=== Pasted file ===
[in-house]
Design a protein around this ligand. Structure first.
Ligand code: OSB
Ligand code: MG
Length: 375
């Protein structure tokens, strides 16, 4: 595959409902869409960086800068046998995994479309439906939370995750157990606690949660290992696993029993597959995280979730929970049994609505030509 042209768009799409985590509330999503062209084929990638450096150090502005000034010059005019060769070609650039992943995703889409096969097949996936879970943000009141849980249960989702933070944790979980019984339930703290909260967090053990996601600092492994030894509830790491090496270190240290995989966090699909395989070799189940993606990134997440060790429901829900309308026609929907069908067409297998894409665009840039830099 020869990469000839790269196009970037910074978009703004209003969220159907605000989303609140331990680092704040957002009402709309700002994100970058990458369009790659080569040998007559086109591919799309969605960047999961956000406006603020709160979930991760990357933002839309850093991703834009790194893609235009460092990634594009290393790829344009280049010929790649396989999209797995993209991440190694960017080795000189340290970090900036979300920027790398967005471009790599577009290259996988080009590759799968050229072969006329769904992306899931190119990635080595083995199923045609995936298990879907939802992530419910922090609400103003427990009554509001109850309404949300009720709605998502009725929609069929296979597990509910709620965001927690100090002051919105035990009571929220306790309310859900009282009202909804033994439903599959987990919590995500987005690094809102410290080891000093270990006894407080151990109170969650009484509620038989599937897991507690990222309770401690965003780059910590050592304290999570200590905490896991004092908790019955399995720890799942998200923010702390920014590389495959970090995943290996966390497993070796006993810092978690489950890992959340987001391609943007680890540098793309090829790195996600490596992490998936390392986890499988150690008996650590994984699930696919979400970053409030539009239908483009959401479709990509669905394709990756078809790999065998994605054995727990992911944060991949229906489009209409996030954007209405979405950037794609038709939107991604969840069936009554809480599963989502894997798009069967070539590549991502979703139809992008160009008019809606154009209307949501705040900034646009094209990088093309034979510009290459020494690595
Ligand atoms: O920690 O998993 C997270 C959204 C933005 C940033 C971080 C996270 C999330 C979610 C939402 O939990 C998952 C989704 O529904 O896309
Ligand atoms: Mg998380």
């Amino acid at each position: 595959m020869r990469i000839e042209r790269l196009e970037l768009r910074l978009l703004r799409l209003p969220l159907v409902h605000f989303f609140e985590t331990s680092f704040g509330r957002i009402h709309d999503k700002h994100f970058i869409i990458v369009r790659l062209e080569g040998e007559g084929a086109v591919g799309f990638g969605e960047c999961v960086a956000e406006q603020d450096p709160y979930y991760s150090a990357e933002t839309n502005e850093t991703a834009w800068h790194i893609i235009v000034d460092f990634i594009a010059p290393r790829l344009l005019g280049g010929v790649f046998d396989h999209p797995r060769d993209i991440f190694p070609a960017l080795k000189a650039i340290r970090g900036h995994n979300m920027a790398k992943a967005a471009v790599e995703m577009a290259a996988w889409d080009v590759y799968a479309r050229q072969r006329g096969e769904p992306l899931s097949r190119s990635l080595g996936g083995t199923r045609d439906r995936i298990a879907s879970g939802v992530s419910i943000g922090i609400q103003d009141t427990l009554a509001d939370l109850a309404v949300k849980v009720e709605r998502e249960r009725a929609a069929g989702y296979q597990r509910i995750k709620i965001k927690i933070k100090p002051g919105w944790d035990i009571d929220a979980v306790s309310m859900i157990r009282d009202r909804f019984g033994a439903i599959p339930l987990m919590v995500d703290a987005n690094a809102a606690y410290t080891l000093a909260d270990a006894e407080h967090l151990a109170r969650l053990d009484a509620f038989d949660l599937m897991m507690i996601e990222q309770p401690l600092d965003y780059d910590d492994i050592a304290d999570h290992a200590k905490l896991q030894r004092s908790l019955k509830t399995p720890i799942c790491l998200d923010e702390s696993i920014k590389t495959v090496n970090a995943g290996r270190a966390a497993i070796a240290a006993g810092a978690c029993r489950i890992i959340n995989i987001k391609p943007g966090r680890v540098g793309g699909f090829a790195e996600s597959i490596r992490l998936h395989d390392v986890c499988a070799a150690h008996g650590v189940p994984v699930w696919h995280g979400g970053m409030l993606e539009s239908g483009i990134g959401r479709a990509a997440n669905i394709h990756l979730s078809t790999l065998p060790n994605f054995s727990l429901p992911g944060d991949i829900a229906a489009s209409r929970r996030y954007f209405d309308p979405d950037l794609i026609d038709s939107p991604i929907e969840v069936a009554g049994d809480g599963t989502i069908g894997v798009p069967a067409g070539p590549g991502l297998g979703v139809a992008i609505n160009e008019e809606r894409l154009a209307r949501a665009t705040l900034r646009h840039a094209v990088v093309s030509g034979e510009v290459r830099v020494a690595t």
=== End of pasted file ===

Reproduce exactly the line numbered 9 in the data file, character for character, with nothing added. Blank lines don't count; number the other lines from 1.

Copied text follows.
């Amino acid at each position: 595959m020869r990469i000839e042209r790269l196009e970037l768009r910074l978009l703004r799409l209003p969220l159907v409902h605000f989303f609140e985590t331990s680092f704040g509330r957002i009402h709309d999503k700002h994100f970058i869409i990458v369009r790659l062209e080569g040998e007559g084929a086109v591919g799309f990638g969605e960047c999961v960086a956000e406006q603020d450096p709160y979930y991760s150090a990357e933002t839309n502005e850093t991703a834009w800068h790194i893609i235009v000034d460092f990634i594009a010059p290393r790829l344009l005019g280049g010929v790649f046998d396989h999209p797995r060769d993209i991440f190694p070609a960017l080795k000189a650039i340290r970090g900036h995994n979300m920027a790398k992943a967005a471009v790599e995703m577009a290259a996988w889409d080009v590759y799968a479309r050229q072969r006329g096969e769904p992306l899931s097949r190119s990635l080595g996936g083995t199923r045609d439906r995936i298990a879907s879970g939802v992530s419910i943000g922090i609400q103003d009141t427990l009554a509001d939370l109850a309404v949300k849980v009720e709605r998502e249960r009725a929609a069929g989702y296979q597990r509910i995750k709620i965001k927690i933070k100090p002051g919105w944790d035990i009571d929220a979980v306790s309310m859900i157990r009282d009202r909804f019984g033994a439903i599959p339930l987990m919590v995500d703290a987005n690094a809102a606690y410290t080891l000093a909260d270990a006894e407080h967090l151990a109170r969650l053990d009484a509620f038989d949660l599937m897991m507690i996601e990222q309770p401690l600092d965003y780059d910590d492994i050592a304290d999570h290992a200590k905490l896991q030894r004092s908790l019955k509830t399995p720890i799942c790491l998200d923010e702390s696993i920014k590389t495959v090496n970090a995943g290996r270190a966390a497993i070796a240290a006993g810092a978690c029993r489950i890992i959340n995989i987001k391609p943007g966090r680890v540098g793309g699909f090829a790195e996600s597959i490596r992490l998936h395989d390392v986890c499988a070799a150690h008996g650590v189940p994984v699930w696919h995280g979400g970053m409030l993606e539009s239908g483009i990134g959401r479709a990509a997440n669905i394709h990756l979730s078809t790999l065998p060790n994605f054995s727990l429901p992911g944060d991949i829900a229906a489009s209409r929970r996030y954007f209405d309308p979405d950037l794609i026609d038709s939107p991604i929907e969840v069936a009554g049994d809480g599963t989502i069908g894997v798009p069967a067409g070539p590549g991502l297998g979703v139809a992008i609505n160009e008019e809606r894409l154009a209307r949501a665009t705040l900034r646009h840039a094209v990088v093309s030509g034979e510009v290459r830099v020494a690595t």